We are told that September 11 changed everything. Apparently so. The war on terror has put the full faith and credit of the US government behind a theory of power that stands the lessons of history on their head. Instead of supporting the right to dissent, the US now backs any government willing to crush and destroy it. Instead of sympathizing with refuseniks and the oppressed, along with captive nations and peoples, the US stands ready to back the suppression of every human right in the name of stopping terror.
For those who care about the world of ideas, the ideological meltdown has been the most stunning of all. The postwar American conservative movement was weaned on the ideas of men like Richard Weaver, Russell Kirk, and F.A. Hayek. From them we take the broad lesson that civilization is the product not of power but of faith, community, and liberty. We must not be swayed by the latest crusade, but rather embrace the wisdom of tradition, they said. Prudence, not fanaticism, must the basis of political order, they believed.
Take a look at the writings at National Review Online, or the Wall Street Journal, or the Statements by the Republican Party. The concern for restraining fanaticism and power is not only missing. It is positively trampled on and denounced as the attitude of appeasers of terror. Anyone who would invoke the writings of Weaver, Kirk, and Hayek now are dismissed as, in the eloquent phrase of Opinion Journal's James Taranto, a "wacko."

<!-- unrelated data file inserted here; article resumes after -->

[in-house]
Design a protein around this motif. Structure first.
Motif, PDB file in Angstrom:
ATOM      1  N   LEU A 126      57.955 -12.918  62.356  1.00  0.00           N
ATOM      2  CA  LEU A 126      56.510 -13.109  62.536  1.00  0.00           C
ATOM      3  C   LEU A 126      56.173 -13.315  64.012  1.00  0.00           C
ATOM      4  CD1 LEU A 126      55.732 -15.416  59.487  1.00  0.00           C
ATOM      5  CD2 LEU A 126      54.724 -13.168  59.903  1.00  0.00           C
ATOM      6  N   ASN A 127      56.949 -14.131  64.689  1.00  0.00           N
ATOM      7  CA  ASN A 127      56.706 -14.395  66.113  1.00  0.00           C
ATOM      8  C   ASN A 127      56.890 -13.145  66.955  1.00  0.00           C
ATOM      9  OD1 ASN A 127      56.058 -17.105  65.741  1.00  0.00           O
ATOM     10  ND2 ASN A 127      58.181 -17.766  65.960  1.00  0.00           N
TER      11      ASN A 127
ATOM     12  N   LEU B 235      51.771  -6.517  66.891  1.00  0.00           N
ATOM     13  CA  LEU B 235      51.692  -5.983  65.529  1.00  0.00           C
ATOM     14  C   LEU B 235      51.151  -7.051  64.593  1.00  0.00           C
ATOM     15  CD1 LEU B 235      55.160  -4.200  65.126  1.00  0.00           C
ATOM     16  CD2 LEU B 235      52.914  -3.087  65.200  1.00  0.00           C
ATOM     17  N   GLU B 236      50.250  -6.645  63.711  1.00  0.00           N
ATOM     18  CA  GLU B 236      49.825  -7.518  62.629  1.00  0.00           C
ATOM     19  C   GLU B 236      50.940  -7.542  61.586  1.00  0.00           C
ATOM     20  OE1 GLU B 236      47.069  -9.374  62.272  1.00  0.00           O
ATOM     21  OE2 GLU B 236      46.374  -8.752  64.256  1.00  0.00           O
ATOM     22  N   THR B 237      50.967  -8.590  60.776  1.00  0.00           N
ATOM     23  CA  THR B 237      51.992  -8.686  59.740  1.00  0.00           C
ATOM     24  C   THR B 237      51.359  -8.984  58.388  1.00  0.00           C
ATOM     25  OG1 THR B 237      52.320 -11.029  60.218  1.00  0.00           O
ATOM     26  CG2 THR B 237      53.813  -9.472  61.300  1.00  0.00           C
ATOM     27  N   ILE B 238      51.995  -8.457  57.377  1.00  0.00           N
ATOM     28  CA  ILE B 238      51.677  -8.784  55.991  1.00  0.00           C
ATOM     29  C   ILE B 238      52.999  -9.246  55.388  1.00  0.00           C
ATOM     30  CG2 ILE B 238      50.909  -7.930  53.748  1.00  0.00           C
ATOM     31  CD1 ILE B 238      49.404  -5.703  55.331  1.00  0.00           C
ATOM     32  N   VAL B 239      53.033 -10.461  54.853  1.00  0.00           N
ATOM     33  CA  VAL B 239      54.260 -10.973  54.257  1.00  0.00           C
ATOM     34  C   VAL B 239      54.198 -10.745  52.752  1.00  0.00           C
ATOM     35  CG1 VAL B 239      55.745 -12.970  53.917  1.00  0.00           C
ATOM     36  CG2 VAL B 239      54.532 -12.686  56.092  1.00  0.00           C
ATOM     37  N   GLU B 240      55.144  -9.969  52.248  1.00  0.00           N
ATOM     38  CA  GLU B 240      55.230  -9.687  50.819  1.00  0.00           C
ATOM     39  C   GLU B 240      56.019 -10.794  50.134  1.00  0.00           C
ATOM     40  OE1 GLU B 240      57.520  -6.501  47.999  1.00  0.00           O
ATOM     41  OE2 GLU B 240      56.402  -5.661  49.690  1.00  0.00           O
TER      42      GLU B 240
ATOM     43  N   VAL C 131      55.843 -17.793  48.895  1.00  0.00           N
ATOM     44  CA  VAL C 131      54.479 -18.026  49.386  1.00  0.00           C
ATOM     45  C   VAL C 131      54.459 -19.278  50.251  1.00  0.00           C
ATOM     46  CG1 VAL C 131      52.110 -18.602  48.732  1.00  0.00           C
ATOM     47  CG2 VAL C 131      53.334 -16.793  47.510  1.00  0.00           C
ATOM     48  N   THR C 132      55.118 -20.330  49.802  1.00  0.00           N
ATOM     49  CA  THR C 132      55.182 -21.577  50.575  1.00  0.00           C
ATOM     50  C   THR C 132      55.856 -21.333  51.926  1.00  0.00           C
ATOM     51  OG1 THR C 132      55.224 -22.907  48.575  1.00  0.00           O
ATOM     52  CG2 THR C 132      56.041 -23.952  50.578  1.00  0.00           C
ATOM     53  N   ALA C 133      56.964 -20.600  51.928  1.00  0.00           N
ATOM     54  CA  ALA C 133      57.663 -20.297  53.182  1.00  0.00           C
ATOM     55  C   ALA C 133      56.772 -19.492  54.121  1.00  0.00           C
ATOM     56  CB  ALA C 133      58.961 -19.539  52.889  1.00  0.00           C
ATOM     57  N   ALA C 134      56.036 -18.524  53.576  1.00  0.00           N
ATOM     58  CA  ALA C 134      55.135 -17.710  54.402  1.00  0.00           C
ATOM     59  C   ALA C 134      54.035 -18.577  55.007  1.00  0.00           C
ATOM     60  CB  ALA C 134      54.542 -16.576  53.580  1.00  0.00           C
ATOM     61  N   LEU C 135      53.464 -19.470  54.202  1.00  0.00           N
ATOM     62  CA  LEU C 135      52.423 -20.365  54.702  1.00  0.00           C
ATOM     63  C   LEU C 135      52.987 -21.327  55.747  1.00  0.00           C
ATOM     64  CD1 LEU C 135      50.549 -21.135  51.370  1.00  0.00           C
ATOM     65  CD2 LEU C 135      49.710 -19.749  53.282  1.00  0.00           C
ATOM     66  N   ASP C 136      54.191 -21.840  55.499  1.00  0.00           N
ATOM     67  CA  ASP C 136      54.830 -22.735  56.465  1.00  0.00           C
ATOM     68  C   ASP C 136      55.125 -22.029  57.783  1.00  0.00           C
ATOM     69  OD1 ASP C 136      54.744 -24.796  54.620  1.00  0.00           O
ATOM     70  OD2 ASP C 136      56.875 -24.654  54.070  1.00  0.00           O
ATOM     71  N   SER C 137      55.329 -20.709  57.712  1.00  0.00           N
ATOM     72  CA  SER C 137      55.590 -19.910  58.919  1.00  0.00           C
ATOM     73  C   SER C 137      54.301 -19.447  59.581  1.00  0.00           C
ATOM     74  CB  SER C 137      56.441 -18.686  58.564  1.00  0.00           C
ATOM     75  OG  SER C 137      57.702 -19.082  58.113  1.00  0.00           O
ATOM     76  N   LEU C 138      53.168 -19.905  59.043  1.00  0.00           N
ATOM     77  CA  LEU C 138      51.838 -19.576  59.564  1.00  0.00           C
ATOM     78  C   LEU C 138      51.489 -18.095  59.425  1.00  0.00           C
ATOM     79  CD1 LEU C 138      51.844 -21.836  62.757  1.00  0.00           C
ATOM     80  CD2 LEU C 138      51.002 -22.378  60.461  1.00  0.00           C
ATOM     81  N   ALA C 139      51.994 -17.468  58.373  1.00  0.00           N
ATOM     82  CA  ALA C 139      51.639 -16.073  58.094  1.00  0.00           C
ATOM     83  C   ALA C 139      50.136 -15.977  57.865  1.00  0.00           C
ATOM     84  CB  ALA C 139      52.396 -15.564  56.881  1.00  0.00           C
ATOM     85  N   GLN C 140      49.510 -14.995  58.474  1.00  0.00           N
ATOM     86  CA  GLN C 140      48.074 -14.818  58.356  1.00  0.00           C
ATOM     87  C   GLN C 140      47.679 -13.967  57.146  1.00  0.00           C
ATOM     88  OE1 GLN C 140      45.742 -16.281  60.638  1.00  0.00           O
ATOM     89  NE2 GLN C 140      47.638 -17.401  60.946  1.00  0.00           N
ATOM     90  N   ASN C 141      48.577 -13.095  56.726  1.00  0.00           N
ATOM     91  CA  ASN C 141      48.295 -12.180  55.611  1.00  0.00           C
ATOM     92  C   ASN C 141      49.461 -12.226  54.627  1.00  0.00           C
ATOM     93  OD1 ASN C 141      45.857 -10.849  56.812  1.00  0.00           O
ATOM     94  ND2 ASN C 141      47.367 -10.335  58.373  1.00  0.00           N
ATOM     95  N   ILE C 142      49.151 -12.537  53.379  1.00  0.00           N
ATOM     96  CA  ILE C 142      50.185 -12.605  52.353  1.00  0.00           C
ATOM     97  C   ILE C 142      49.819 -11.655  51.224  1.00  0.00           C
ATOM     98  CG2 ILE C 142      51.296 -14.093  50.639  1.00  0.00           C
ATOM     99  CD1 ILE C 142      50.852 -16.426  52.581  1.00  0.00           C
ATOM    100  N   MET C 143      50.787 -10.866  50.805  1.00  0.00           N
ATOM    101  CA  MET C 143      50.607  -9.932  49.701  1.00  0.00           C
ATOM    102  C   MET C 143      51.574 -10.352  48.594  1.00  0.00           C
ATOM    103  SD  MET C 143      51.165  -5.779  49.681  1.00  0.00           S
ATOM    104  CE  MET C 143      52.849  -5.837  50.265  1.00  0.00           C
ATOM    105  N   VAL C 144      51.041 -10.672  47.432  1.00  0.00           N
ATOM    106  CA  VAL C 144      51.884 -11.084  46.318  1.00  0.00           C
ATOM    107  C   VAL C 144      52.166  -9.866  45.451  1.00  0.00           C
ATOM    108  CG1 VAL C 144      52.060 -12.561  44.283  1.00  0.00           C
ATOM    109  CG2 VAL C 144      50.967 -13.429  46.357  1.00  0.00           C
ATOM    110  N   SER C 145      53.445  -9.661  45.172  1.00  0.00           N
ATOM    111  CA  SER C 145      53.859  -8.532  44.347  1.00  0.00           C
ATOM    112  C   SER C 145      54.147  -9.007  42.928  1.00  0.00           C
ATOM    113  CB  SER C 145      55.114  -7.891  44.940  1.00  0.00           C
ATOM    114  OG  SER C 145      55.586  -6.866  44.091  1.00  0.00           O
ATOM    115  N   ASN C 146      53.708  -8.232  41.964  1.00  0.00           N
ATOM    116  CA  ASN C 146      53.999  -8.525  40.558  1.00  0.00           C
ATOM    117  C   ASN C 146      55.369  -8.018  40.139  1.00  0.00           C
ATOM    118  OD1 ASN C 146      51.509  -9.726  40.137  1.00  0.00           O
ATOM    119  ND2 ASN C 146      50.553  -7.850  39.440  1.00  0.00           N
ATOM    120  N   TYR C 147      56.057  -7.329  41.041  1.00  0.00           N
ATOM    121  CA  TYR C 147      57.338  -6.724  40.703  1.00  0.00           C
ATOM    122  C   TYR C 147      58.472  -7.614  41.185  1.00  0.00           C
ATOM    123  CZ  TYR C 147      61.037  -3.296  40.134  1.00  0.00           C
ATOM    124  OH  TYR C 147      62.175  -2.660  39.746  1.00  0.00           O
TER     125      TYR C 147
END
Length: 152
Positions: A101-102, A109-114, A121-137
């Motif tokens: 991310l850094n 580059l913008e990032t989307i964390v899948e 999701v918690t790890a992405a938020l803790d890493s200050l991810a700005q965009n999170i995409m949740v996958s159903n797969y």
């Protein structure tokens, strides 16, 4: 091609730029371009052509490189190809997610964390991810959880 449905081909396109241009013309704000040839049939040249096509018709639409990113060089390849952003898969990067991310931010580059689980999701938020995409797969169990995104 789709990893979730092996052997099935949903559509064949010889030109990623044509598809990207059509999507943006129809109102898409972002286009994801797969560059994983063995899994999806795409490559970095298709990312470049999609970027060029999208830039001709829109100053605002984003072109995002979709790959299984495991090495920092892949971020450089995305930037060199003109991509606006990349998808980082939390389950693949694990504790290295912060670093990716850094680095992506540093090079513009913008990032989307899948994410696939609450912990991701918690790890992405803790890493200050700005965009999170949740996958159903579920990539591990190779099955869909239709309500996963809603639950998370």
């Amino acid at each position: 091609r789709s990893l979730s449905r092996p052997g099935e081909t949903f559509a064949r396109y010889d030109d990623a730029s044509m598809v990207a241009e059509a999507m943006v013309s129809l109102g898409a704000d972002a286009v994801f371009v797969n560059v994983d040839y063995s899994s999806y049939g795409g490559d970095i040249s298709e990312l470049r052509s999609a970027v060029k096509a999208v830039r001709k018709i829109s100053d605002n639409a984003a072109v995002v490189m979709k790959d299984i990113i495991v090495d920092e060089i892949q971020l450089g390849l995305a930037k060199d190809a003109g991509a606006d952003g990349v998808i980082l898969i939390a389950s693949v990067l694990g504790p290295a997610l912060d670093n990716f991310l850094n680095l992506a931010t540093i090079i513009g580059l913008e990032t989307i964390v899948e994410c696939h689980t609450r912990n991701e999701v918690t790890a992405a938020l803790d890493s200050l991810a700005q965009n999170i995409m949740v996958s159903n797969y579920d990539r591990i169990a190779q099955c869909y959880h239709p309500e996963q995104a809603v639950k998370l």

Have pity on the kids in college who take their politics from the new conservative leadership in the reign of Bush. To them, conservatism will be synonymous with the uncritical celebration of war, power, and violence. Forget about reading Edmund Burke or Eric Voegelin. To flex your conservative muscle, call for more government consolidation and shout down anyone who has doubts about US global hegemony. Power, control, coercion: these are the new watchwords of American conservatism 2002.
And yet, it will not work. Every action by the US produces some counteraction. Those with critical minds understand that September 11 was not the beginning of something new but a demonic retaliation for something old that began after the Cold War when the US military, looking for a new crusade, went to war to settle a border dispute between Iraq and Kuwait. The troops went to Mecca, the embargo was placed on Iraq, and one war followed another until a group of suicidal killers decided to exact vengeance on American civilians, which the US government interpreted as a license to repudiate every principle of good government.
War fever and the lust for bloodshed — the core impulses of barbarian peoples — are having a good run of it these days. Pray for the return of civility and peace.
April 4, 2002
Copyright © 2002 Mises Institute